In a meeting of the Financial Stimulus Accountability Group on Monday, Senate Speaker Randy McNally (R-Oak Ridge) asked whether the amounts can be broken out on a per-capita basis to ensure smaller counties weren’t getting less than the likes of Metro Nashville and Shelby County. Gov. Bill Lee’s administration didn’t have those figures at their fingertips, so the Tennessee Journal has crunched the numbers. Here are the top 10 per-capita recipients of federal aid (Anderson County, where McNally lives, comes in at No. 12):

  1. Jackson, $7,126
  2. Cheatham, $4,363
  3. Davidson, $3,931
  4. Carroll, $3,380
  5. Smith, 3,738
  6. Fayette, $3,525
  7. Cannon, $3,056
  8. Carter, $2,643
  9. Giles, $2,643
  10. Bledsoe, $2,557

The full per-capita breakdown follows:

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Lee calling lawmakers into special session next week

The House meets at the state Capitol in Nashville on June 1, 2020. (Erik Schelzig, Tennessee Journal)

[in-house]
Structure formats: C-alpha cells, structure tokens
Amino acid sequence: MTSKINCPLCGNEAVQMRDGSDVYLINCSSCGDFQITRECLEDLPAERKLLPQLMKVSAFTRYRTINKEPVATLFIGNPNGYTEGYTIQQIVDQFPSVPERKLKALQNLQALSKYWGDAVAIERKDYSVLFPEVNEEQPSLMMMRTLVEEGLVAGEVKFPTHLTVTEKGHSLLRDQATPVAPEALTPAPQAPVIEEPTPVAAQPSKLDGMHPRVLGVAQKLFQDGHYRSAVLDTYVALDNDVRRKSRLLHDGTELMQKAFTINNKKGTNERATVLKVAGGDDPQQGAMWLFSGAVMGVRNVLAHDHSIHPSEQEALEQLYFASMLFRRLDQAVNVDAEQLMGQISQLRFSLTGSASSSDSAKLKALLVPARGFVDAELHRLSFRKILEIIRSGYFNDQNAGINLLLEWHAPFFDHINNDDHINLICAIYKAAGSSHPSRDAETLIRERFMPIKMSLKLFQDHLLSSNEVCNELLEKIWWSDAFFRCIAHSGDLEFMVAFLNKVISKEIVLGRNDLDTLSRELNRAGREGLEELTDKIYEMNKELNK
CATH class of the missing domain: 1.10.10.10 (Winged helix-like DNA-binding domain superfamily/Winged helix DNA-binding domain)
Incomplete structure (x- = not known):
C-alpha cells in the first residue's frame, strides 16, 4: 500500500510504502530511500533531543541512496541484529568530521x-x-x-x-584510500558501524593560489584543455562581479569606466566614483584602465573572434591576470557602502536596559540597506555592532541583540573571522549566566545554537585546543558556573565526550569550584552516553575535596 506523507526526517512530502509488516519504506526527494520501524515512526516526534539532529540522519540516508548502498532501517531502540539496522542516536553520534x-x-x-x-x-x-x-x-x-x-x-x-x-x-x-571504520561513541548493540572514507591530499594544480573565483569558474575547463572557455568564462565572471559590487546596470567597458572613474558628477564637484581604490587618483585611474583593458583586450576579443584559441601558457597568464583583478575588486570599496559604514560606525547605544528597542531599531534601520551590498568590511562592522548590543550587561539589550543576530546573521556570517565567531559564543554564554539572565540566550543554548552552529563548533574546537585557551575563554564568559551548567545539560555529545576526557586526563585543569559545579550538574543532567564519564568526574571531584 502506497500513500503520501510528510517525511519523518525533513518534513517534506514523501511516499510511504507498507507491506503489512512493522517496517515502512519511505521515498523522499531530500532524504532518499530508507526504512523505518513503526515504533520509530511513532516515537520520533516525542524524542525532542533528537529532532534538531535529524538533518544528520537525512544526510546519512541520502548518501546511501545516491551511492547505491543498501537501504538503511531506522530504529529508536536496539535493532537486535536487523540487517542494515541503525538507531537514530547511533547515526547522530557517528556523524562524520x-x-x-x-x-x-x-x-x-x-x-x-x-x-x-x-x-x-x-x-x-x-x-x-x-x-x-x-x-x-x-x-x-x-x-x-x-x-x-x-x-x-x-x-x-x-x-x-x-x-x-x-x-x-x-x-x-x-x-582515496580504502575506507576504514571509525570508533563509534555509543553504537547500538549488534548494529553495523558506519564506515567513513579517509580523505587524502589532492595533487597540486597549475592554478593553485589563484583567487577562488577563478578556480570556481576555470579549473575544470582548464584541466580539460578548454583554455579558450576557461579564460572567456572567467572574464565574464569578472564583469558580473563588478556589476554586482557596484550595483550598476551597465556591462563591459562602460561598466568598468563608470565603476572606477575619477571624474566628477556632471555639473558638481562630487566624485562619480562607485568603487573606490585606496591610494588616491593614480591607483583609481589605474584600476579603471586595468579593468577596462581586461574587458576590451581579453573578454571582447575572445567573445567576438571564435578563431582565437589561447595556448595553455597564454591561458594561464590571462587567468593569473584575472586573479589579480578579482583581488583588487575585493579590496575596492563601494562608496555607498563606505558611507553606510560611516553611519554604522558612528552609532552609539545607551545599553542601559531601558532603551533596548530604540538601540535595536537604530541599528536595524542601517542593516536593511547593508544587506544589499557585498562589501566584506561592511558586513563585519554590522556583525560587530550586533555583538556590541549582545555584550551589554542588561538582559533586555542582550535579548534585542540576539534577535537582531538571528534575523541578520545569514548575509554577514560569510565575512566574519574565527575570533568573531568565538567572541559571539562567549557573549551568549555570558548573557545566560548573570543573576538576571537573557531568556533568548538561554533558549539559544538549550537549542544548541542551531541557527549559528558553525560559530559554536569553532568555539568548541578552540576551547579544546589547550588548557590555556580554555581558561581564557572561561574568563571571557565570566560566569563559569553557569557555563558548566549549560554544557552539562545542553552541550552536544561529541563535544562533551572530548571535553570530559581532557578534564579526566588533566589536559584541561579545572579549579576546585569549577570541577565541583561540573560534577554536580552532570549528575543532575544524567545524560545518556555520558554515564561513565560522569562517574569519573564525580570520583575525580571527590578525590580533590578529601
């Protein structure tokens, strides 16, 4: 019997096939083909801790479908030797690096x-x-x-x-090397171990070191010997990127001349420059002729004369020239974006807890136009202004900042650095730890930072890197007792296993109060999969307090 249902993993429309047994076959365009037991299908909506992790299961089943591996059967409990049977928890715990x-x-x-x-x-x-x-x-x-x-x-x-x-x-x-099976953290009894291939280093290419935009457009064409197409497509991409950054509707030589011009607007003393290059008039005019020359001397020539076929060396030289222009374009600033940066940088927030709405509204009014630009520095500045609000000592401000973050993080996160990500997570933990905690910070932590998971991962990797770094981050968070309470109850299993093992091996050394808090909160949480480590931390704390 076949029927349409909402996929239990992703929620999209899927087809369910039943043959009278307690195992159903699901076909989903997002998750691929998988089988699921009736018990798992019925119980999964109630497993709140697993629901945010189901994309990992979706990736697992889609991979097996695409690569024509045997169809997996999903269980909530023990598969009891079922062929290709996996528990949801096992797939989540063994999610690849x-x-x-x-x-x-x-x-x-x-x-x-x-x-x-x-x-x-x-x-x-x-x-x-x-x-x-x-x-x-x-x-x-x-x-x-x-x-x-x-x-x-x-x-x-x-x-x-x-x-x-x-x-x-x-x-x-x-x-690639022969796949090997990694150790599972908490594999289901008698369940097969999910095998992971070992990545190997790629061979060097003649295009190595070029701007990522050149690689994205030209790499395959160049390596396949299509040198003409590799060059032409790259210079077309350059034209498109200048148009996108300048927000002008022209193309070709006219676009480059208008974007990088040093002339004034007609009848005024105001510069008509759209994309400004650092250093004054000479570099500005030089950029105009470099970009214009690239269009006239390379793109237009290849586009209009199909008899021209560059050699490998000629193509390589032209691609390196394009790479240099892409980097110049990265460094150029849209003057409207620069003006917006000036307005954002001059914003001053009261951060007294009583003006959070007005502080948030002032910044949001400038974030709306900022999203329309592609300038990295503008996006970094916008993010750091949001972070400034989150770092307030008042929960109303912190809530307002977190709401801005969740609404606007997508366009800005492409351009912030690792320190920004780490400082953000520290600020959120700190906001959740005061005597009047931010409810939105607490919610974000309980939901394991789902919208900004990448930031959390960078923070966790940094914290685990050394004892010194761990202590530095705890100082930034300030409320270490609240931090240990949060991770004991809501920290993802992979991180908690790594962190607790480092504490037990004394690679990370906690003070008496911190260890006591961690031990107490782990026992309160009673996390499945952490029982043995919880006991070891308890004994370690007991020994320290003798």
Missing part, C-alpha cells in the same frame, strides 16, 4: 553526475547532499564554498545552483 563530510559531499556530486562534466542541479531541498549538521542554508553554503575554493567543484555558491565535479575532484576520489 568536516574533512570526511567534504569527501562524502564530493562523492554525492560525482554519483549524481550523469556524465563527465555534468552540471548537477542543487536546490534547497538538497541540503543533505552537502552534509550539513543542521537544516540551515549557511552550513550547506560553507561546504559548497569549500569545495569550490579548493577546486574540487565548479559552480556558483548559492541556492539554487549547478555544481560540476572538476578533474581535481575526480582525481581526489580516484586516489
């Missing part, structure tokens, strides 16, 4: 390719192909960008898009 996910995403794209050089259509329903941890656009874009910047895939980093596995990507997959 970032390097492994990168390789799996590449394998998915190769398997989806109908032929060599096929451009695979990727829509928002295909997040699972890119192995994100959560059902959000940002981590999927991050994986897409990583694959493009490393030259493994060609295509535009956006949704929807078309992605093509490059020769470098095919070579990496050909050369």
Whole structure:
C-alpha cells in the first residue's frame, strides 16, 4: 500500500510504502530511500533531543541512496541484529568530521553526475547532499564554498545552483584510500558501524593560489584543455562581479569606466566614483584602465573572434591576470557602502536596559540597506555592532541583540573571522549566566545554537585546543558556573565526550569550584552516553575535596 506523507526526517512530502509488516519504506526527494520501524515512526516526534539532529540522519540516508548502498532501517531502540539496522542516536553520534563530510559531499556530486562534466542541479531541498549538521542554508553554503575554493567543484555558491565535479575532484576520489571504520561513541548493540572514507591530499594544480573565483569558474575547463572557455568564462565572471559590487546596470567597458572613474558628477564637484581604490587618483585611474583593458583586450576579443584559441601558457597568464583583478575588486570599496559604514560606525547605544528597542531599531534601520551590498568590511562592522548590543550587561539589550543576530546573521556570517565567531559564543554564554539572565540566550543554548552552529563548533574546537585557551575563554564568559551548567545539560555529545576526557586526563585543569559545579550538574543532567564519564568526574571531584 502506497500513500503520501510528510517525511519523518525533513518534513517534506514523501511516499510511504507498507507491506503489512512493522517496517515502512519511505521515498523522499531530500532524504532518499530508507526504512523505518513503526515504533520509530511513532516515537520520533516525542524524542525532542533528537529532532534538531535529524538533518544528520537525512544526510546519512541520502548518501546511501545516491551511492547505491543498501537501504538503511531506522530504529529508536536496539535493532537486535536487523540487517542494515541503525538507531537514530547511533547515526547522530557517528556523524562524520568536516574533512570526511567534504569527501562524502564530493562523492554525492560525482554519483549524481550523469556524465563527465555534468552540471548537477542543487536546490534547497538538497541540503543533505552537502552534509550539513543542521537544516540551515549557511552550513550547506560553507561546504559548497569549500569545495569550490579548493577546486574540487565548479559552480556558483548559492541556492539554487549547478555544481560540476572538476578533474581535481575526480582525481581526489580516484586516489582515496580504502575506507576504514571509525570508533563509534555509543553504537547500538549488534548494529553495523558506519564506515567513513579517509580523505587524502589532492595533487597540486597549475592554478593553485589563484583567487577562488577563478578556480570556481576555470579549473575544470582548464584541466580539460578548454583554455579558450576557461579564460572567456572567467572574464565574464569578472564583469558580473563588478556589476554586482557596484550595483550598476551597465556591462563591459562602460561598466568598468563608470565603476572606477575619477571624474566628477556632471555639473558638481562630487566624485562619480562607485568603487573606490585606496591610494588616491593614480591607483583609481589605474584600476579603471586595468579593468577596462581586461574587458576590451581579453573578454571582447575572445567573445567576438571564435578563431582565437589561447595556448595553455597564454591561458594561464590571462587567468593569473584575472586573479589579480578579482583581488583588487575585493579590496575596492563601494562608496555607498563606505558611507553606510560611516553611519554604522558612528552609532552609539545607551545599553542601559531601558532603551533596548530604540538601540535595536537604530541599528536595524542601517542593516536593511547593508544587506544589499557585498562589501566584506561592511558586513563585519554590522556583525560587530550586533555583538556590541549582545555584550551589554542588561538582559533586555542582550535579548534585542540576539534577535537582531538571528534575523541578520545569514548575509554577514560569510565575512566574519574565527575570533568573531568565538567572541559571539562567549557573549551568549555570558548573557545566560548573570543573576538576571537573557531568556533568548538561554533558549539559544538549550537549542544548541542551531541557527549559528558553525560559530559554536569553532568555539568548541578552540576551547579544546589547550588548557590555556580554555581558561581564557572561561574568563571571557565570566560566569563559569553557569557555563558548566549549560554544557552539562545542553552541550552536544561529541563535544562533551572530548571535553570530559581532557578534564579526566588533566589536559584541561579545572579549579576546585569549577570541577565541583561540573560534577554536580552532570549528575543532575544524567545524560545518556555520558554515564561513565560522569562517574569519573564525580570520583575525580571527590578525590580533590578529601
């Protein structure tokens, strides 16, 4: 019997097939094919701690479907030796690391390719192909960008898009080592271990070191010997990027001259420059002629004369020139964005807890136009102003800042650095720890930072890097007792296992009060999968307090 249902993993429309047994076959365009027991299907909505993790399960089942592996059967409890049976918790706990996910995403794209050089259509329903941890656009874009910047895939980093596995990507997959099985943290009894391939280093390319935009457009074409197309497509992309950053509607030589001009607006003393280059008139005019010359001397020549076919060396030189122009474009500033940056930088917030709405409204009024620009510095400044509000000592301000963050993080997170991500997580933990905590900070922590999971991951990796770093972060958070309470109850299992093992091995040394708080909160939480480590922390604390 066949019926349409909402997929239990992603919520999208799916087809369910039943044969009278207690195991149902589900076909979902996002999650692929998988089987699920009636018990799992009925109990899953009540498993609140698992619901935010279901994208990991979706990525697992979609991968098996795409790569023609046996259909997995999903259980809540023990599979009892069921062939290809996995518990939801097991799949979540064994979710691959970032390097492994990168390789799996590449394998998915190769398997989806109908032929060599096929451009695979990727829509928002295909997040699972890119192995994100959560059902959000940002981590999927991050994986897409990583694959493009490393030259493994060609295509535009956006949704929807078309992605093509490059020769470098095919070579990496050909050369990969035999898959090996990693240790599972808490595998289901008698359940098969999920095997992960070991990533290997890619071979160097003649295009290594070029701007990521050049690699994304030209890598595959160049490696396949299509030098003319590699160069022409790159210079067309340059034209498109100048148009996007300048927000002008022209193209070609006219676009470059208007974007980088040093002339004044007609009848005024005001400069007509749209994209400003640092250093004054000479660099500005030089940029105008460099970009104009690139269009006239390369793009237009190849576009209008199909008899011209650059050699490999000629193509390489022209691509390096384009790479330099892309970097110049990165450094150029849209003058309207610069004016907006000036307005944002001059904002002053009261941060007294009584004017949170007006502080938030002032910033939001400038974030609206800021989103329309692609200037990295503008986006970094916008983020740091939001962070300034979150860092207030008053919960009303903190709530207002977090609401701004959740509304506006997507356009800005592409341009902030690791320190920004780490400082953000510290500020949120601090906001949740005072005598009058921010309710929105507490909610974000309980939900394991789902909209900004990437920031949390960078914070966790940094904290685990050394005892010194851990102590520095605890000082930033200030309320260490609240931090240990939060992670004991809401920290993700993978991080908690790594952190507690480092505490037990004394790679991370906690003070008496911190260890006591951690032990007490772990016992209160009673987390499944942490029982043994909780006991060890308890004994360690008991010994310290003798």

Gov. Bill Lee plans to call lawmakers into a special session to take up bills to provide legal immunity from COVID-19 lawsuits, establish reimbursement rates for telemedicine appointments, and increase penalties for property damaged in protests, The Tennessee Journal has learned. Similar measures fell apart among inter-chamber discord during the final hours of the regular session in June.

It could turn out to be a bit of a lame duck session for incumbents who aren’t running again and those who lose their primaries on Thursday (if any). They remain in office until the November general election.

UPDATE: The official announcement follows.

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Prominent Tennessee businesses laud Lee effort to move Forrest bust

A group of prominent Tennessee businesses is lauding Gov. Bill Lee’s efforts to move the bust of Nathan Bedford Forrest out of the state Capitol.

The Monday letter was signed by 34 companies, including Blue Cross Blue Shield of Tennessee, Bridgestone, Cracker Barrel, FedEx, Google, HCA Healthcare, Nissan, Unum, Vanderbilt, and Volkswagen. The letter was also signed by Pilot Co., the truckstop chain controlled by the family of former Gov. Bill Haslam.

Here’s the text of the letter:

Dear Governor Lee:

We, the businesses listed below, wish to applaud you and the State Capitol Commission for taking an important first step towards the removal of the bust of Confederate General Nathan Bedford Forrest 
from the Tennessee State Capitol building.